Seven decades have now passed since the publication of 1984, the most quoted political fiction in contemporary culture. Advances in big data, surveillance and artificial intelligence make reading it today a disquieting exercise in current relevance. To mark the occasion of Orwell Day, which has been held at the CCCB since 2013, we re-read the novel with a new perspective. We find similarities with the most immediate present and ethical dilemmas that are still difficult to tackle today.
On 8 June 2019, the 70th anniversary was reached of the publication of 1984, the dystopian novel par excellence. Written by Eric Arthur Blair, real name George Orwell, it describes a future society in which a totalitarian regime controls all aspects of life through continuous surveillance. A nightmare scenario that made a strong impact at the height of the Cold War, but that has endured because of its inspired capacity to foresee phenomena such as post-truth, video-surveillance, and in a more subtle way, the forms of learning of machines and artificial intelligence.
The tracking of emotions
Behind Winston’s back the voice from the telescreen was still babbling away about pig-iron and the overfulfilment of the Ninth Three-Year Plan. The telescreen received and transmitted simultaneously. Any sound that Winston made, above the level of a very low whisper, would be picked up by it, moreover, so long as he remained within the field of vision which the metal plaque commanded, he could be seen as well as heard. There was of course no way of knowing whether you were being watched at any given moment. How often, or on what system, the Thought Police plugged in on any individual wire was guesswork. It was even conceivable that they watched everybody all the time. But at any rate they could plug in your wire whenever they wanted to. You had to live — did live, from habit that became instinct — in the assumption that every sound you made was overheard, and, except in darkness, every movement scrutinized.
George Orwell wrote 1984 on the Isle of Jura, Scotland, between 1947 and 1948. In the mid-20th century, television was still a minority medium, while video-surveillance cameras did not start to be commercialised in the United States until 1949, barely a year before the writer’s death. However, the novel anticipates a mass proliferation of screens, which is still expanding today, from multi-cinemas to smartwatches. The telescreen of 1984, vaguely described as “an oblong metal plaque, a kind of dulled mirror” – is a two-way instrument that emits messages but at the same time captures the most subtle of sounds and facial expressions. These devices are ubiquitous and implacable, as they register everything from an “unconscious look of anxiety” to a nervous tic or even a rumbling stomach.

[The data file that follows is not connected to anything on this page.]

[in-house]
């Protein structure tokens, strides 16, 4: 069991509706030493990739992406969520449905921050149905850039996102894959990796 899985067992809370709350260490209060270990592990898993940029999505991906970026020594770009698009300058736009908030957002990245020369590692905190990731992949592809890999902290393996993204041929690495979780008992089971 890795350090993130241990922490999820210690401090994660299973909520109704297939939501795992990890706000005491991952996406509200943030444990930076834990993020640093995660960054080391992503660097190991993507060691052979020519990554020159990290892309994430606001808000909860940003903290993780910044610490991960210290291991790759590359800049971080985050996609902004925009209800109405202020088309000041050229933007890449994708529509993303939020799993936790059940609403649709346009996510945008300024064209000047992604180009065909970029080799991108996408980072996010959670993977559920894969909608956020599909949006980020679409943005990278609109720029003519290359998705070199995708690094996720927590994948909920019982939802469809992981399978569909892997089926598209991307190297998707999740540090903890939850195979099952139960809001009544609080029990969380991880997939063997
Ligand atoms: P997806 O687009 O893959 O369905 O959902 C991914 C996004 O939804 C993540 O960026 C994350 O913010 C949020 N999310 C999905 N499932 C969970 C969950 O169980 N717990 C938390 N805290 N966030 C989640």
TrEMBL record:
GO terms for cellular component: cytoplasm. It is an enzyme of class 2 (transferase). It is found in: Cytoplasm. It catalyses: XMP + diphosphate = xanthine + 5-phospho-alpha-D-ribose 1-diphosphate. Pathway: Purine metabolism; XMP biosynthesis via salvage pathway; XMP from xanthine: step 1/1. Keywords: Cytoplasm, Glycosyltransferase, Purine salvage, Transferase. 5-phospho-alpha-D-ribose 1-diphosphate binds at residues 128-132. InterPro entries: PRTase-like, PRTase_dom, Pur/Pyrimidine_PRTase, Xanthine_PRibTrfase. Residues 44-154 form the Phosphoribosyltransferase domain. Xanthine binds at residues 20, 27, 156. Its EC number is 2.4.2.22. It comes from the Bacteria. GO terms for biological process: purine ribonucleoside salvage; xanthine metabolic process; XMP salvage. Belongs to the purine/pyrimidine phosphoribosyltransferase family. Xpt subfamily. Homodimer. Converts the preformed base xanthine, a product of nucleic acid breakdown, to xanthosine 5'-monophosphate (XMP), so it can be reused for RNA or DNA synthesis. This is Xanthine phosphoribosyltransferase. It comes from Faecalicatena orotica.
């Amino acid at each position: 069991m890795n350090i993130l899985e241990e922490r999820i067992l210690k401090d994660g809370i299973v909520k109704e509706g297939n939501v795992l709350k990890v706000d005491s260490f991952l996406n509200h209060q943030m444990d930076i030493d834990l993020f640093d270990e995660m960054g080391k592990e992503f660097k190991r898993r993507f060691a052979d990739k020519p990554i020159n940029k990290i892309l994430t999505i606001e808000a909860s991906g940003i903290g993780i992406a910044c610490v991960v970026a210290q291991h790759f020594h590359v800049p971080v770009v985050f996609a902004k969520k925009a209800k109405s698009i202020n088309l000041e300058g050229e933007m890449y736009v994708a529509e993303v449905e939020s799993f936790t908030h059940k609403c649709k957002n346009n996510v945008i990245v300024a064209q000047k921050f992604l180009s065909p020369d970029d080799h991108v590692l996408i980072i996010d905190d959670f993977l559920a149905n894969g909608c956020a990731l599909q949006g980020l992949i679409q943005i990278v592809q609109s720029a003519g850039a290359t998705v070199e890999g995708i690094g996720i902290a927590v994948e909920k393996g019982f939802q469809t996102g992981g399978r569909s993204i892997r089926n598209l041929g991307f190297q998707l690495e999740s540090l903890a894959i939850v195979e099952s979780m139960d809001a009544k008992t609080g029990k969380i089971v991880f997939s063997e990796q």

Despite the fact that wariness towards video-surveillance is nothing new, it is surprising to contrast how recent developments in the field of artificial intelligence bring us closer to scenarios like those described in 1984. The most obvious are facial recognition systems, computer programs capable of identifying a person in images or videos and associating their face to pre-existing databases such as police records, Internet use habits, publications on social media, etc. This technology is legal, cheap and accessible, as shown by a report in The New York Times in which one of the editors constructs a fully-functioning system of this type for around sixty dollars.
The fear of the potential for these tools has already led the city of San Francisco to ban their use by the police and other public institutions. “We can have good policing without being a police state”, argued Aaron Peskin, the politician who championed the measure; “and part of that is building trust with the community based on good community information, not on Big Brother technology”. This debate is still a long way off in other places around the world, such as China, where the government of Xi Jinping is laying the groundwork for a quasi-universal technological control.
From the Great Helmsman to Big Brother
Although facial recognition and other technologies are starting to be thrown into doubt in the United States, their use in China is following a disturbing pattern. Advances in big data and artificial intelligence, combined with the extensive network of video-surveillance cameras already present in the country, make fertile ground for the testing and implementation of advanced experiments in social control. The most emblematic is the so-called Social Credit System. Although still in its testing phase, this system aspires to combine the personal information and behaviour of the population and companies to assign them a trustworthiness level, which can then be reduced or increased. Giving money to an NGO scores points, as does caring for elderly people or leaving a hotel room tidy. In contrast, not paying a fine subtracts points; this can also be the result of behaving badly on public transport or smoking at a hospital.